Geographical Location: Jining, Inner Mongolian Autonomous Region Period: Yuan Dynasty (1271-1368) Excavation period: April 2002-November 2003 Inner Mongolian Cultural Relics Archeological Research Institute, led by Chen Yongzhi Findings The Jining(集宁Jí’níng) City, located in the South Central Autonomous Region of Northern China, was long known as the center of a large grazing area for ancient peuple nomade. The site of the ancient city lay right on the blueprint for the highway between Hohhot , capital of Inner Mongolia, and Jining city, located slightly to the northeast. The ruins were discovered during a highway construction survey by a team of archaeologists in 2002, which lead to a yearlong excavation project covering an area as large as 22,045 square meters. The square ancient site is 940 meters long from south to north and 640 meters wide from west to east, with well-preserved city walls in the east and the north (now measuring 5-6 meters in width and 0.5-2.5 meters in height). The city walls in the west and the south, however, were destroyed. Inside the city site are six vertical roads and seven horizontal ones dividing the ancient city into 31 blocks. The abundant discoveries in the area — 91 groups of house foundations, 822 ash pits, over 110 ditches, 22 remains of wells, nine roads, 23 kilns, 11 tombs, four urns and 34 caches, where large quantities of utensils were harvested — shocked the world. The unearthed cultural relics include over 200 well-preserved pieces of porcelain, 7,416 restorable pieces of porcelain, 877 pieces of pottery, 10 pieces of gold and silver ware, 351 pieces of bronze ware, 268 pieces of iron ware, 456 pieces of bone ware, 36,849 copper coins and more than 2,000 pieces of stone and wooden ware. Research shows that the various pieces of porcelain came from the nine famous kilns in the country respectively. Significance The excavations provide significant material for the study of city planning, and the economy and culture of the Yuan Dynasty. According to archeologists, this is an archeological discovery with the maximum amount of porcelain, most complete kilns and most diversified porcelain types from the Yuan Dynasty in ancient China.

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Geographical Location: Jining, Inner Mongolian Autonomous Region

Period: Yuan Dynasty (1271-1368)

Excavation period: April 2002-November 2003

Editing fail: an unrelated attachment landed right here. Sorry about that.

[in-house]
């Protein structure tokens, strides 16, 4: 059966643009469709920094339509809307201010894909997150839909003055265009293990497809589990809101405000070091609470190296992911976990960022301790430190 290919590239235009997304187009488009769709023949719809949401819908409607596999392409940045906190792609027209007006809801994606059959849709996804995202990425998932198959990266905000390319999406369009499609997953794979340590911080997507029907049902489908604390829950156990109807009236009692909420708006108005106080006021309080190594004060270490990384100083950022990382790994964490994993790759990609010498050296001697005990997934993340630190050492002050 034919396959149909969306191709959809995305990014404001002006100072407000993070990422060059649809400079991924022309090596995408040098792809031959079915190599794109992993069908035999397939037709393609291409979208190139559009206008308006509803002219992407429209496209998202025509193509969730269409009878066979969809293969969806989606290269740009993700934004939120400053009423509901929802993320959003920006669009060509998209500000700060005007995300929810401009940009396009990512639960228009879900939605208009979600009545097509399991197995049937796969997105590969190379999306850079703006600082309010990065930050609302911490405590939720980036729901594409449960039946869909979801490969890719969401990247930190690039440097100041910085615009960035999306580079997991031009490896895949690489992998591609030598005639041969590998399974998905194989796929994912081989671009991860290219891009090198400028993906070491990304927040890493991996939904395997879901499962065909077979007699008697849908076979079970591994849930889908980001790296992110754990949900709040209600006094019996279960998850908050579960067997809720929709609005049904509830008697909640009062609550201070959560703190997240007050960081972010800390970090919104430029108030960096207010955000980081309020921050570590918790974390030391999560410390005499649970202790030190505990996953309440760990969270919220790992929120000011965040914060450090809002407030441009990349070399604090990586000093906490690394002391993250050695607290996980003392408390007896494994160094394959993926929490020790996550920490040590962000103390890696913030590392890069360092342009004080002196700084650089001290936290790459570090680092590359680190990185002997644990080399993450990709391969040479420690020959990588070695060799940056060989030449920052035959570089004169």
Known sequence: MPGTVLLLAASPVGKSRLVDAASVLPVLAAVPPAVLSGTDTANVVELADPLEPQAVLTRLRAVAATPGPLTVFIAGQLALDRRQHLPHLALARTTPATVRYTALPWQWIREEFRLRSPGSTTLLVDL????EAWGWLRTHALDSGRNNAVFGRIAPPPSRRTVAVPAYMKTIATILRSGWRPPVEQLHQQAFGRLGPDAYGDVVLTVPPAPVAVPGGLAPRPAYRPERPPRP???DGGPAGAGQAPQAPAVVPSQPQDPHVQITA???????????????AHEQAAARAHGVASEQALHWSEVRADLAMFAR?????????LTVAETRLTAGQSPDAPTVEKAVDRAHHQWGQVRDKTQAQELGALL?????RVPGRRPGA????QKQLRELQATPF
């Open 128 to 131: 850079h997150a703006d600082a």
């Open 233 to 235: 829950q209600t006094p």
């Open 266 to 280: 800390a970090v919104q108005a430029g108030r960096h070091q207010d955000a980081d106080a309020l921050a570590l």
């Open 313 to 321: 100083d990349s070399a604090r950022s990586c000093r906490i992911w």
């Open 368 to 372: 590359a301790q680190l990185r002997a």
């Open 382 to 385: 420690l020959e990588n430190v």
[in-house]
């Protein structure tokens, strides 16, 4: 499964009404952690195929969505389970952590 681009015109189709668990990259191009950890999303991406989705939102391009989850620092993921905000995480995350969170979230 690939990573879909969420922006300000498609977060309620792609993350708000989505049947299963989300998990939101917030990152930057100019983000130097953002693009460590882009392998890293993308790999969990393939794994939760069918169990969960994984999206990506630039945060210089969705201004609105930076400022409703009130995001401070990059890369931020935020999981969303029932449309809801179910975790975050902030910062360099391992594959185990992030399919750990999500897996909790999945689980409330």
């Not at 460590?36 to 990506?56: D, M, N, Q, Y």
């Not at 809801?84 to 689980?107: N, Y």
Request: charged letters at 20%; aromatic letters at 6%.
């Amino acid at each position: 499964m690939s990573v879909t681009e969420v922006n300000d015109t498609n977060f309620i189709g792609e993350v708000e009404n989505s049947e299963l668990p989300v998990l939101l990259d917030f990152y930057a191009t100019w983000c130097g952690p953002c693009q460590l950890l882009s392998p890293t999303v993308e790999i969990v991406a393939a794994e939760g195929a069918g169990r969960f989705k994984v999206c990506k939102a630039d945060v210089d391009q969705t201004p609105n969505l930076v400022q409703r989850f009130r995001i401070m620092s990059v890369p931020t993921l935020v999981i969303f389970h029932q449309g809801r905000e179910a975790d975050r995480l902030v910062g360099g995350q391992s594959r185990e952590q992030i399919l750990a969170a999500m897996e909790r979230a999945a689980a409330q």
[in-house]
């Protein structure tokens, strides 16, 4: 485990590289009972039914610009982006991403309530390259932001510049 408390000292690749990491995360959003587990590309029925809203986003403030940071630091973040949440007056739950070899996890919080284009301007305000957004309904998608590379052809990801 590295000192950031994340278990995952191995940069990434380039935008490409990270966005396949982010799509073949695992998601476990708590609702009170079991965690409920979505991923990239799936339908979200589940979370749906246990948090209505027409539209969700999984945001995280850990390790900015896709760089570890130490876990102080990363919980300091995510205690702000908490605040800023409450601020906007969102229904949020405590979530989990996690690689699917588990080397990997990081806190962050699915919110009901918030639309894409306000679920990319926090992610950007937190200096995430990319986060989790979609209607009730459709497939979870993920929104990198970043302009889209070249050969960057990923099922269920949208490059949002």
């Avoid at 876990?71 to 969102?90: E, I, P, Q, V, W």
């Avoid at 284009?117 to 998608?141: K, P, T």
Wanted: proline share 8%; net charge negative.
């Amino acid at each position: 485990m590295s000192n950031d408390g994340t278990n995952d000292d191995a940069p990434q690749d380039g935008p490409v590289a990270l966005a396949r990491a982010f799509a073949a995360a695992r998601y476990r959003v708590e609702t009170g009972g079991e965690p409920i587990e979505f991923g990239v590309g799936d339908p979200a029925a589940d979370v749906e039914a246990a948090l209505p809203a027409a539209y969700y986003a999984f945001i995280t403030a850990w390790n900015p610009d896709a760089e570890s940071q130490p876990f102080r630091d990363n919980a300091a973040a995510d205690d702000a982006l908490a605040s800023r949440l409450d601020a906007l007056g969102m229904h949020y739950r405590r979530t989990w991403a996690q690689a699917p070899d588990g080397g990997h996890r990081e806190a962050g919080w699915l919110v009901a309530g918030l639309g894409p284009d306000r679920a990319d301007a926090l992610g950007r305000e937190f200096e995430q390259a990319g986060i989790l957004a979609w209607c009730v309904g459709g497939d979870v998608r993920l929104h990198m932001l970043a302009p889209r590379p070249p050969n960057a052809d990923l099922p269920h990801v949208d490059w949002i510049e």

Inner Mongolian Cultural Relics Archeological Research Institute, led by Chen Yongzhi

Findings

The Jining(集宁Jí’níng) City, located in the South Central Autonomous Region of Northern China, was long known as the center of a large grazing area for ancient peuple nomade.

The site of the ancient city lay right on the blueprint for the highway between Hohhot , capital of Inner Mongolia, and Jining city, located slightly to the northeast. The ruins were discovered during a highway construction survey by a team of archaeologists in 2002, which lead to a yearlong excavation project covering an area as large as 22,045 square meters.

The square ancient site is 940 meters long from south to north and 640 meters wide from west to east, with well-preserved city walls in the east and the north (now measuring 5-6 meters in width and 0.5-2.5 meters in height). The city walls in the west and the south, however, were destroyed. Inside the city site are six vertical roads and seven horizontal ones dividing the ancient city into 31 blocks.

The abundant discoveries in the area — 91 groups of house foundations, 822 ash pits, over 110 ditches, 22 remains of wells, nine roads, 23 kilns, 11 tombs, four urns and 34 caches, where large quantities of utensils were harvested — shocked the world.

The unearthed cultural relics include over 200 well-preserved pieces of porcelain, 7,416 restorable pieces of porcelain, 877 pieces of pottery, 10 pieces of gold and silver ware, 351 pieces of bronze ware, 268 pieces of iron ware, 456 pieces of bone ware, 36,849 copper coins and more than 2,000 pieces of stone and wooden ware. Research shows that the various pieces of porcelain came from the nine famous kilns in the country respectively.

Significance

The excavations provide significant material for the study of city planning, and the economy and culture of the Yuan Dynasty. According to archeologists, this is an archeological discovery with the maximum amount of porcelain, most complete kilns and most diversified porcelain types from the Yuan Dynasty in ancient China.

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